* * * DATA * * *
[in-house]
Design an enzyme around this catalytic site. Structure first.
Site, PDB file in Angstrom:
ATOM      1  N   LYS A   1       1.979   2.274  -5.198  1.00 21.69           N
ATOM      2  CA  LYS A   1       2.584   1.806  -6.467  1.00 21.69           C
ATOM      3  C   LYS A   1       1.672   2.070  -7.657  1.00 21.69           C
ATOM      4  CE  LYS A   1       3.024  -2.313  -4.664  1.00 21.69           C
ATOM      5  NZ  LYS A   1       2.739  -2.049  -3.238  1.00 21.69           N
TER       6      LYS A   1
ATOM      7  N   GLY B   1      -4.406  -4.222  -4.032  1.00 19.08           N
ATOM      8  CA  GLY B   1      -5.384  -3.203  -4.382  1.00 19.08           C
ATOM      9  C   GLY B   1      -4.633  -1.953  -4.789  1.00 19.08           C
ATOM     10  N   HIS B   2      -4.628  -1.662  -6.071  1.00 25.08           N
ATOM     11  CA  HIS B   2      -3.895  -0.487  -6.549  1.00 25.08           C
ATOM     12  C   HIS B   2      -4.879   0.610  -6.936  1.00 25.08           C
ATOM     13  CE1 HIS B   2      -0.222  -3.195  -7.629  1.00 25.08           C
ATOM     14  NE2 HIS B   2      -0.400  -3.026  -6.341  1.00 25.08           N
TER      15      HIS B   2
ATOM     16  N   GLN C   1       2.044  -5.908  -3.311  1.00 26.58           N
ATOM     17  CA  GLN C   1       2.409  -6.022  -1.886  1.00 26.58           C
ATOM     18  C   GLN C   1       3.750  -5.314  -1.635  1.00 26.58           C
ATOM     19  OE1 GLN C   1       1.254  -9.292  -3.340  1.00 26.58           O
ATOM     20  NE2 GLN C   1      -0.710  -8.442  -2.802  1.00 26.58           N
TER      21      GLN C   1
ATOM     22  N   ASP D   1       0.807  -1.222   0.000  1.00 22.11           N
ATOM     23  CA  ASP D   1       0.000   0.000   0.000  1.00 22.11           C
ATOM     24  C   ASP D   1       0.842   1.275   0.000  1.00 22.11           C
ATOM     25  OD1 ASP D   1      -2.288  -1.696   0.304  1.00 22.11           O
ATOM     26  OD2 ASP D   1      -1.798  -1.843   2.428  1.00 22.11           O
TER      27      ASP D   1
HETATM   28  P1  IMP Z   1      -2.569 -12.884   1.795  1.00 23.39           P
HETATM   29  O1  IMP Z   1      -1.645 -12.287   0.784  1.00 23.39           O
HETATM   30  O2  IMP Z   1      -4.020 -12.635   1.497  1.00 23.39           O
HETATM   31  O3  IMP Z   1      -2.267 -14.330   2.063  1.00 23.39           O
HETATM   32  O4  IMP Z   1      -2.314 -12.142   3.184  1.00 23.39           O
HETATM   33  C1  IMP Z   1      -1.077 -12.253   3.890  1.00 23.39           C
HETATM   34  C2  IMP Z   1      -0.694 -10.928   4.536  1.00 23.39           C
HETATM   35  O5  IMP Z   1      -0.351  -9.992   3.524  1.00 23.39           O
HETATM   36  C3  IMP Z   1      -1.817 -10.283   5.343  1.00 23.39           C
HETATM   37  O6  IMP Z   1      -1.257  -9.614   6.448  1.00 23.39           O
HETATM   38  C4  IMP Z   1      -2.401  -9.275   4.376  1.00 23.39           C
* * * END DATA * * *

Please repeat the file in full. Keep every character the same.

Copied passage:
[in-house]
Design an enzyme around this catalytic site. Structure first.
Site, PDB file in Angstrom:
ATOM      1  N   LYS A   1       1.979   2.274  -5.198  1.00 21.69           N
ATOM      2  CA  LYS A   1       2.584   1.806  -6.467  1.00 21.69           C
ATOM      3  C   LYS A   1       1.672   2.070  -7.657  1.00 21.69           C
ATOM      4  CE  LYS A   1       3.024  -2.313  -4.664  1.00 21.69           C
ATOM      5  NZ  LYS A   1       2.739  -2.049  -3.238  1.00 21.69           N
TER       6      LYS A   1
ATOM      7  N   GLY B   1      -4.406  -4.222  -4.032  1.00 19.08           N
ATOM      8  CA  GLY B   1      -5.384  -3.203  -4.382  1.00 19.08           C
ATOM      9  C   GLY B   1      -4.633  -1.953  -4.789  1.00 19.08           C
ATOM     10  N   HIS B   2      -4.628  -1.662  -6.071  1.00 25.08           N
ATOM     11  CA  HIS B   2      -3.895  -0.487  -6.549  1.00 25.08           C
ATOM     12  C   HIS B   2      -4.879   0.610  -6.936  1.00 25.08           C
ATOM     13  CE1 HIS B   2      -0.222  -3.195  -7.629  1.00 25.08           C
ATOM     14  NE2 HIS B   2      -0.400  -3.026  -6.341  1.00 25.08           N
TER      15      HIS B   2
ATOM     16  N   GLN C   1       2.044  -5.908  -3.311  1.00 26.58           N
ATOM     17  CA  GLN C   1       2.409  -6.022  -1.886  1.00 26.58           C
ATOM     18  C   GLN C   1       3.750  -5.314  -1.635  1.00 26.58           C
ATOM     19  OE1 GLN C   1       1.254  -9.292  -3.340  1.00 26.58           O
ATOM     20  NE2 GLN C   1      -0.710  -8.442  -2.802  1.00 26.58           N
TER      21      GLN C   1
ATOM     22  N   ASP D   1       0.807  -1.222   0.000  1.00 22.11           N
ATOM     23  CA  ASP D   1       0.000   0.000   0.000  1.00 22.11           C
ATOM     24  C   ASP D   1       0.842   1.275   0.000  1.00 22.11           C
ATOM     25  OD1 ASP D   1      -2.288  -1.696   0.304  1.00 22.11           O
ATOM     26  OD2 ASP D   1      -1.798  -1.843   2.428  1.00 22.11           O
TER      27      ASP D   1
HETATM   28  P1  IMP Z   1      -2.569 -12.884   1.795  1.00 23.39           P
HETATM   29  O1  IMP Z   1      -1.645 -12.287   0.784  1.00 23.39           O
HETATM   30  O2  IMP Z   1      -4.020 -12.635   1.497  1.00 23.39           O
HETATM   31  O3  IMP Z   1      -2.267 -14.330   2.063  1.00 23.39           O
HETATM   32  O4  IMP Z   1      -2.314 -12.142   3.184  1.00 23.39           O
HETATM   33  C1  IMP Z   1      -1.077 -12.253   3.890  1.00 23.39           C
HETATM   34  C2  IMP Z   1      -0.694 -10.928   4.536  1.00 23.39           C
HETATM   35  O5  IMP Z   1      -0.351  -9.992   3.524  1.00 23.39           O
HETATM   36  C3  IMP Z   1      -1.817 -10.283   5.343  1.00 23.39           C
HETATM   37  O6  IMP Z   1      -1.257  -9.614   6.448  1.00 23.39           O
HETATM   38  C4  IMP Z   1      -2.401  -9.275   4.376  1.00 23.39           C